Facts: Case where a pub manager held himself out to be independent, but was
actually bound by a principal and was not authorized to enter into contracts.
Inherent authority might be necessary in cases where the agent pretends not to have a
principal but actually does. However, the agent does not have the power to enter into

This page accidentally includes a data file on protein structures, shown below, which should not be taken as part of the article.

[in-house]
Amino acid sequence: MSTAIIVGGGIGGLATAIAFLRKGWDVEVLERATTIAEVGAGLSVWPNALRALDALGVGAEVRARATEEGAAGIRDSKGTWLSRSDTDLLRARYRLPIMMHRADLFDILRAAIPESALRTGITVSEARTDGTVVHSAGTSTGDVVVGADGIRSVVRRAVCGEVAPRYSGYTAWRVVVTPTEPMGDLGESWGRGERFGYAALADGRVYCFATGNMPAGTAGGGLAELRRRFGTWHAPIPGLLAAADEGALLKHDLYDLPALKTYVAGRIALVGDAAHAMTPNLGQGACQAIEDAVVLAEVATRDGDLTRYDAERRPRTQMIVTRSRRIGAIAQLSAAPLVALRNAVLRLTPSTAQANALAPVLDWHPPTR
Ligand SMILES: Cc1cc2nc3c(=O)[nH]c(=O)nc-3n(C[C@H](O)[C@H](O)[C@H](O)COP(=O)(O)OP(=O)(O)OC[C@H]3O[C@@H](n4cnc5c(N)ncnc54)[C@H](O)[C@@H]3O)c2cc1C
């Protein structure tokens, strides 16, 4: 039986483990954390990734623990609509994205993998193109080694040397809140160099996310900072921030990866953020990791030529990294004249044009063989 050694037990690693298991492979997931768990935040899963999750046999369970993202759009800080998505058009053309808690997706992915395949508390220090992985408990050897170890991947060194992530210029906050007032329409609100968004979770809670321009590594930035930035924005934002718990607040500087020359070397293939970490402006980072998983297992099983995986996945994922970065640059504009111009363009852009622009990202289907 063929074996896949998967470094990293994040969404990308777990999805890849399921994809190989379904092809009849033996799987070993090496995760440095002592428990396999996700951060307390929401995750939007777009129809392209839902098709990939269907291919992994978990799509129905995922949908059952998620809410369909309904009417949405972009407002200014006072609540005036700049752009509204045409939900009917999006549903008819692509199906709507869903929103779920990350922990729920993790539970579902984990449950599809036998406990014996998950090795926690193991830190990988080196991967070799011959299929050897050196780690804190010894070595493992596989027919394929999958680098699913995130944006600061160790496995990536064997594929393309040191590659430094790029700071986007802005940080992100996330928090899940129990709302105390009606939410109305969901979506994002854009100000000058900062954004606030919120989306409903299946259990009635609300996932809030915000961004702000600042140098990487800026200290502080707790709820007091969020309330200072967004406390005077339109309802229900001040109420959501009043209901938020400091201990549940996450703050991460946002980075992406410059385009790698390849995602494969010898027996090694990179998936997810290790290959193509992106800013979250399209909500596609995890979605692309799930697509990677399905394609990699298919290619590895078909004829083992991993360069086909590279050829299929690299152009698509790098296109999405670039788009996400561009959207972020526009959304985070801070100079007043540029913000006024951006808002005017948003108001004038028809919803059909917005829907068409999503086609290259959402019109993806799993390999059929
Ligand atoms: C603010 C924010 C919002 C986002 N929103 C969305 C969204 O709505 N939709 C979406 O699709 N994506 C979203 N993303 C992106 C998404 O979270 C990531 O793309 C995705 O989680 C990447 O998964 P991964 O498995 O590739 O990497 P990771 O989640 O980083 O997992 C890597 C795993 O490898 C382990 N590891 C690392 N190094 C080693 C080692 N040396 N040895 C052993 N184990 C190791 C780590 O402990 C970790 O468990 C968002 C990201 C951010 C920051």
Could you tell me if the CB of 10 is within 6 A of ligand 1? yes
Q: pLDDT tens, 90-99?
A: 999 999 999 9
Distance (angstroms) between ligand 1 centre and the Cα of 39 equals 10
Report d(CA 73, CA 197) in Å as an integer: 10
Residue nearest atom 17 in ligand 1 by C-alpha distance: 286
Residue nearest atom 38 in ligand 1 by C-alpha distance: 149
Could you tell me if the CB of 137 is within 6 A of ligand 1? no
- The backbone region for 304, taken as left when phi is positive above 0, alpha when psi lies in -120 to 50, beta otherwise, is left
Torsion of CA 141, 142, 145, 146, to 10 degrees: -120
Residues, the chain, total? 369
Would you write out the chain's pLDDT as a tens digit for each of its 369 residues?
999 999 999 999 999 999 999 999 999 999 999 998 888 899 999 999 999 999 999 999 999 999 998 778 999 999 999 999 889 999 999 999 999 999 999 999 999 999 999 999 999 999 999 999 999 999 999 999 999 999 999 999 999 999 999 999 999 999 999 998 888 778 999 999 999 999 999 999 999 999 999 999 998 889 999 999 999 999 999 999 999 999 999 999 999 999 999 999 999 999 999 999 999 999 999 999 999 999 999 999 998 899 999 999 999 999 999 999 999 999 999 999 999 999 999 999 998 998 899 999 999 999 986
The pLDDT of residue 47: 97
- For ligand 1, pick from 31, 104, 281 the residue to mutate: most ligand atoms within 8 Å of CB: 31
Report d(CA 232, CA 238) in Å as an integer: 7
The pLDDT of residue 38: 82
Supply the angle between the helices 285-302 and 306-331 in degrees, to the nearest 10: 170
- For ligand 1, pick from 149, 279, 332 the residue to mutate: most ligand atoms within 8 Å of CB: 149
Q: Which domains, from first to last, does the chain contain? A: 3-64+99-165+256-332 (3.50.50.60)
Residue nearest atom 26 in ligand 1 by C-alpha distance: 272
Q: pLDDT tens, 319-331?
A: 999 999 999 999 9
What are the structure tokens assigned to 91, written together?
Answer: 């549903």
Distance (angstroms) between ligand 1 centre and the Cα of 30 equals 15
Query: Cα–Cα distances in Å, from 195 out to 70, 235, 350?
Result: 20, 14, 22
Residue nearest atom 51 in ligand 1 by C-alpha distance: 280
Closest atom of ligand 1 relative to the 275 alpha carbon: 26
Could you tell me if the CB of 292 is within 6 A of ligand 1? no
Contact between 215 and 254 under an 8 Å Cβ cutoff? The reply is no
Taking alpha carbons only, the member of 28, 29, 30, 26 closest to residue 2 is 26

an agreement with the third party.
-The third party would want to get at the principal,
even though the case would be neither actual nor apparent authority.